While raising the defense of sovereign immunity based on Saddam's status as current head of state will infuse the proceedings with high drama, it will most certainly fail. The IST cannot politically afford to allow a complete defense to preclude Saddam's prosecution, just as it cannot politically afford to truncate the defense from making its case as completely as possible. Moreover, the second strain of sovereign immunity will also not likely succeed.

Although Saddam is undeniably a former a head of state, he can only assert sovereign immunity over official acts that he undertook in his official capacity. Can mass murder of civilians be considered "official acts" triggering such immunity? Probably not. Criminal acts that are so heinous as to be considered jus cogens (peremptory norms prohibited everywhere), such as genocide and crimes against humanity, are not typically considered to be "official acts" for sovereign immunity purposes, and the trend is clearly developing away from allowing political leaders off the hook for such conduct. For example, the British House of Lords found in the 1999 Pinochet extradition case that torture should not be considered an official act for immunity purposes.

Procedurally, to assert these defenses, Saddam's attorneys must couple them with claims of ex post facto application of law because the IST's statute strips sovereign immunity away as a defense. Article 15(c) states:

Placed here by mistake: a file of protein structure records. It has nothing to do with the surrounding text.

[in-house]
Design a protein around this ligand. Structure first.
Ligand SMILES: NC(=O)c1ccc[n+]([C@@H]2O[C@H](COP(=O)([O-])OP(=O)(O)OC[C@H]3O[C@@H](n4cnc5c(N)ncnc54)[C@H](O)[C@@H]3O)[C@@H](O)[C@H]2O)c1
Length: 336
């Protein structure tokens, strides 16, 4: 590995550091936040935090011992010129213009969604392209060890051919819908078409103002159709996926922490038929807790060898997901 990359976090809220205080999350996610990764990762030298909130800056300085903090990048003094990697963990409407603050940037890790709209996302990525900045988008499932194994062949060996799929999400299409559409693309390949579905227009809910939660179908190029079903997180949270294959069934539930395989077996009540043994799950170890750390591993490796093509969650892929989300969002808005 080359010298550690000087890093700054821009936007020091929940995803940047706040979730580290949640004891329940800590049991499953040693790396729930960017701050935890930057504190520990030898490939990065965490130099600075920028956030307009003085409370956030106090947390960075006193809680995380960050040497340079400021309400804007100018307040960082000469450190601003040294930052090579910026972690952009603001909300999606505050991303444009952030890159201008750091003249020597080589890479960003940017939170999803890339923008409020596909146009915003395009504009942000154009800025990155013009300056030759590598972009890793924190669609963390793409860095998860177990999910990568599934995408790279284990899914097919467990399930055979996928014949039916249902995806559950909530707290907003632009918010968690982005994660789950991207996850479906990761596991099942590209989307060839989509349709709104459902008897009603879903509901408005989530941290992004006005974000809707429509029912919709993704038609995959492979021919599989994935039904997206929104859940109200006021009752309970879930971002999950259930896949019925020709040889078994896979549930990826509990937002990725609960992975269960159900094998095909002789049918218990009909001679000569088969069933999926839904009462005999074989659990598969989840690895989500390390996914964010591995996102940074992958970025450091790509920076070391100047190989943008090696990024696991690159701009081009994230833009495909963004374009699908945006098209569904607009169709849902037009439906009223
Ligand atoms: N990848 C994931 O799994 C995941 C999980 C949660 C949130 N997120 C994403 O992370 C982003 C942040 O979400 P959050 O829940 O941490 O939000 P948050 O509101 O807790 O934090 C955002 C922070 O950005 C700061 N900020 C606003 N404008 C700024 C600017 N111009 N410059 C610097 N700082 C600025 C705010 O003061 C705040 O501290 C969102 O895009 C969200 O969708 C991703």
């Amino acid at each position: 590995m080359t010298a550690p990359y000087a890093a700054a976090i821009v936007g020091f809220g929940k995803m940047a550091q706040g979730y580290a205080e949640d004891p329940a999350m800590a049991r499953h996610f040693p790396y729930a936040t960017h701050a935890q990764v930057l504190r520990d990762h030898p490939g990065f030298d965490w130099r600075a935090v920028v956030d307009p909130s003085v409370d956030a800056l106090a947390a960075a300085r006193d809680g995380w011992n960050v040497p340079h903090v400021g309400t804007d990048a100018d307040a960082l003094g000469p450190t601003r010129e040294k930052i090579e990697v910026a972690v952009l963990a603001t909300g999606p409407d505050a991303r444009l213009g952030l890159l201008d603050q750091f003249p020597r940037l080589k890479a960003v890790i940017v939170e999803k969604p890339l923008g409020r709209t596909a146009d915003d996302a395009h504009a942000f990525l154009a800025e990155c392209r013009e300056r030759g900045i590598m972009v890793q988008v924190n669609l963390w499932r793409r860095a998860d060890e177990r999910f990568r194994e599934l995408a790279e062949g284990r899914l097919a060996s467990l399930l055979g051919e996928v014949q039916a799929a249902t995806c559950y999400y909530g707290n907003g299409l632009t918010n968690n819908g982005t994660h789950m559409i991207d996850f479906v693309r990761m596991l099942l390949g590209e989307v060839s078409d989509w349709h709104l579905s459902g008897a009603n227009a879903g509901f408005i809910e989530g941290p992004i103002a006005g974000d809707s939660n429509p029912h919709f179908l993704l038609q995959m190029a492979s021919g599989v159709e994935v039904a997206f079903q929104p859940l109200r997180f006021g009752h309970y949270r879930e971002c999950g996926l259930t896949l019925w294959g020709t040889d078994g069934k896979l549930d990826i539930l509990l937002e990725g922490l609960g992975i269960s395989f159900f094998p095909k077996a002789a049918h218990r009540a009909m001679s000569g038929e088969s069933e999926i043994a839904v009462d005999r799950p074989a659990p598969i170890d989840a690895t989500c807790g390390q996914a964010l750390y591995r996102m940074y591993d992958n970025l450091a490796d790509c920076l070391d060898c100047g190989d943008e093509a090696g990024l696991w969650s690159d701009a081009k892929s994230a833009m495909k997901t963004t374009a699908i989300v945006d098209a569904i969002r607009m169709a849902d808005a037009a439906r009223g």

The official position of any accused person, whether as president, prime minister, member of the cabinet, chairman or a member of the Revolutionary Command Council, a member of the Arab Socialist Ba'ath Party Regional Command or Government (or an instrumentality of either) or as a responsible Iraqi Government official or member of the Ba'ath Party or in any other capacity, shall not relieve such person of criminal responsibility nor mitigate punishment. No person is entitled to any immunity with respect to any of the crimes stipulated in Articles 11 to 14 [Genocide, War Crimes, Crimes Against Humanity, and Violations of Iraqi Law].

Their ex post facto argument will rest on the fact that the IST's statute was adopted after the crimes in question were committed, when Saddam's immunity for the acts would have applied in full force.

This line of argument was also attempted by defense counsel for the Nazi co-conspirators at Nuremberg and soundly rejected by the International Military Tribunal on the grounds that the defendants' conduct amounted to such egregious violations of international law that knowledge of the illegality of those actions should be imputed to them and ex post facto application of the law of the Nuremberg Charter, which reflected international law and which likewise stripped away sovereign immunity, would not be unjust. Thus, Saddam's assertions of sovereign immunity will avail him not. His first trial will continue on its course for the Dujail massacre.

Michael Kelly is Associate Professor of Law at the Creighton University School of Law. His most recent book is Nowhere to Hide: Defeat of the Sovereign Immunity Defense for Crimes of Genocide and the Trials of Slobodan Milosevic & Saddam Hussein (Peter Lang Publishers 2005), with a foreword by Desmond Tutu.

Opinions expressed in JURIST Commentary are the sole responsibility of the author and do not necessarily reflect the views of JURIST's editors, staff, donors or the University of Pittsburgh.